The measure of the price of food, which includes meats, poultry, fish, and eggs, for dairy and related products as well as nonalcoholic beverages all posted notable, increases, though the cost of farm fresh vegetables declined.

“This is viewed by the markets as a moderate report. Yet headline inflation has accelerated to a pace of 6.2 percent over three-months and over 3.1 percent over twelve-months. Headline inflation is accelerating,” said Robert Brusca of Fact and Opinion Economics.

But the Federal Reserve Board feels that the rising prices of those goods will only have a “transitory” and merely a product exceptional circumstances.  If you look at the measure of consumer prices over the last few months, they have all the reason to believe that it is a passing trend.

The Fed worries about the Consumer price index, which measures the prices of goods excluding food and energy. But they are really worried about prices on the verge of deflation.  Falling prices drives asset prices down.  Worse, they drive down wages — while people’s debts remain fixed.

The reality of the situation is that American wages are rising slower than prices.

Despite the CPI rate showing moderate inflation the truth of the matter is simple, people can’t live without consuming food and energy.

“There is no greater curse on Fed policymakers than the combination of a slowing economy and accelerating inflation, especially when both are largely the result of events taking place outside the U.S.,” said Bernard Baumohl of the Economics Outlook Group.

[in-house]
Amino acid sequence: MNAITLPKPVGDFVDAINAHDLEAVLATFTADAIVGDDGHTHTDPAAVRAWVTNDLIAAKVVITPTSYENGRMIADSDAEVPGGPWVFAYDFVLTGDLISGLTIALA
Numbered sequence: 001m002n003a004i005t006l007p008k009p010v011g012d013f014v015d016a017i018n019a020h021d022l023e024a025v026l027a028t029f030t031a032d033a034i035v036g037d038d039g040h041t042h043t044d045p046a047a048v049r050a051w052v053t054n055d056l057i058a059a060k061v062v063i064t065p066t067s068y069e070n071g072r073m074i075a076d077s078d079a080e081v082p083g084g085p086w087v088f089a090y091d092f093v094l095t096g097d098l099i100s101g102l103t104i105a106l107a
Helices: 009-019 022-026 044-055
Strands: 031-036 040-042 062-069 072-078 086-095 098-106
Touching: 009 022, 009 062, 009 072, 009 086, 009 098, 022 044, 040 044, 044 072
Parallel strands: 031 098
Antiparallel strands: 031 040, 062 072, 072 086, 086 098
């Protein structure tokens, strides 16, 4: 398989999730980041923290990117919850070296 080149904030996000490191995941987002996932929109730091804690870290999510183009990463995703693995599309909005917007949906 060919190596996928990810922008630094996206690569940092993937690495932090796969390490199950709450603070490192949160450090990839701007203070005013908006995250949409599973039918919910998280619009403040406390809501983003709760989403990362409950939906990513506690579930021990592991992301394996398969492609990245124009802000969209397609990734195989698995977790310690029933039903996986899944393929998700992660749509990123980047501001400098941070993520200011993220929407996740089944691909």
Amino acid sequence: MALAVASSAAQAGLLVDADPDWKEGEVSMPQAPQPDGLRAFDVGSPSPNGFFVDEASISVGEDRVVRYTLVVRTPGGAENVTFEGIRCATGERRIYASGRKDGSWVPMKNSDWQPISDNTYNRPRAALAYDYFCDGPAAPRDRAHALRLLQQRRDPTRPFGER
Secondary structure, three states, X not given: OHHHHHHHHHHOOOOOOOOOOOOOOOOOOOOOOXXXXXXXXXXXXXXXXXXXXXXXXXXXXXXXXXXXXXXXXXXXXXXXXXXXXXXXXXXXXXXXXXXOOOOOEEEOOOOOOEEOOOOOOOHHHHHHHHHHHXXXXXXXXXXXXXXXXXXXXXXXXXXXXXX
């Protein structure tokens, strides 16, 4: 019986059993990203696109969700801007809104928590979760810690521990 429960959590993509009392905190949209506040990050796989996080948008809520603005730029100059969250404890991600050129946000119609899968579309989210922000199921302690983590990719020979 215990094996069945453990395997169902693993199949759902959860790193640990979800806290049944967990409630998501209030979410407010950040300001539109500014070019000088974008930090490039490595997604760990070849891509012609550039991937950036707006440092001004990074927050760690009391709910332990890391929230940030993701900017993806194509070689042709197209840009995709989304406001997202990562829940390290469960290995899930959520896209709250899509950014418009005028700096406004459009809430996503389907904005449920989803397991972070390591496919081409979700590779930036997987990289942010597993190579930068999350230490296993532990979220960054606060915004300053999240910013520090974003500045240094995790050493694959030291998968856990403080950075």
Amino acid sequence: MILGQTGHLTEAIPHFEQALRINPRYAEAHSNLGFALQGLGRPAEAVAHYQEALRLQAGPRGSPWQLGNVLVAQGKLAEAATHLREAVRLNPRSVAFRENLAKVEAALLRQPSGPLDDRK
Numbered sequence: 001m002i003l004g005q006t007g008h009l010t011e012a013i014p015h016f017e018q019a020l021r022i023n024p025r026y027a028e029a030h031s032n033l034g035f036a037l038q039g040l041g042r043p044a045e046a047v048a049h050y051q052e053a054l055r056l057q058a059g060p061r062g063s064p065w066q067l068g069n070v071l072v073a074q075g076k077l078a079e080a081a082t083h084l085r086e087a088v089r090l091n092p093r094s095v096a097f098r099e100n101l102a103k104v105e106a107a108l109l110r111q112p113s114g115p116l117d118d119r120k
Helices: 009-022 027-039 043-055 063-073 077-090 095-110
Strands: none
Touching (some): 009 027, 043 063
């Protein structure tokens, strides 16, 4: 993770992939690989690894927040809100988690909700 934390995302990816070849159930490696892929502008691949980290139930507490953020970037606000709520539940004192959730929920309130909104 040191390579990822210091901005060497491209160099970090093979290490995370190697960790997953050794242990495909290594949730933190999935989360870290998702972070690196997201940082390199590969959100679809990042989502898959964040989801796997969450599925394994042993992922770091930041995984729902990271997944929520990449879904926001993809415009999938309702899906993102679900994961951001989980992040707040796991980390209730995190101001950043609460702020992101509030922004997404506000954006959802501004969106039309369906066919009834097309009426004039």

Yet others are still hanging on to the life they once had.

Teacher Candida Tejada refuses to give up on buying the clothes that are of higher valued brands but skimps on food products.

“I’ll buy the cheaper corn oil, the cheaper rice but I won’t give up on the clothes,” said Tejada, “I also found that it tastes better.”

Tejada like Ms. Motta is a single mother. But unlike her counterpart, Tejada has taken great strides to get not one but two masters degrees in order to make her more attractive to other employers outside of the board of education.

But even with the boost in salary granted by the higher education she still has to make hard choices in terms of transportation and paying for schooling and her daughter’s education.

The teacher recalls the end of her shopping at the corner store because their prices had increased past those of the supermarket two blocks down.

“I see the guys on the street and they yell at you ‘You don’t come here anymore.’,” said the teacher.

Tejada and her daughter now make a trip to the supermarket twice a month; even then they are choosing less known brand names to fill their cart.

“Its tough to look back and see that I could do so much more. I try to spoil myself a bit every two months but I can only do so much with what I have,” said the Manhattan teacher.

People are working harder to maintain their standard of living. With little bargaining power Americans are left with the daunting tasks of making less with — a fact that many around the nation find disconcerting, but both Tejada and Motta find a fact of life.

“Its scary. But you do your part it will get better we just have to make it through right now,” says Ms. Tejada.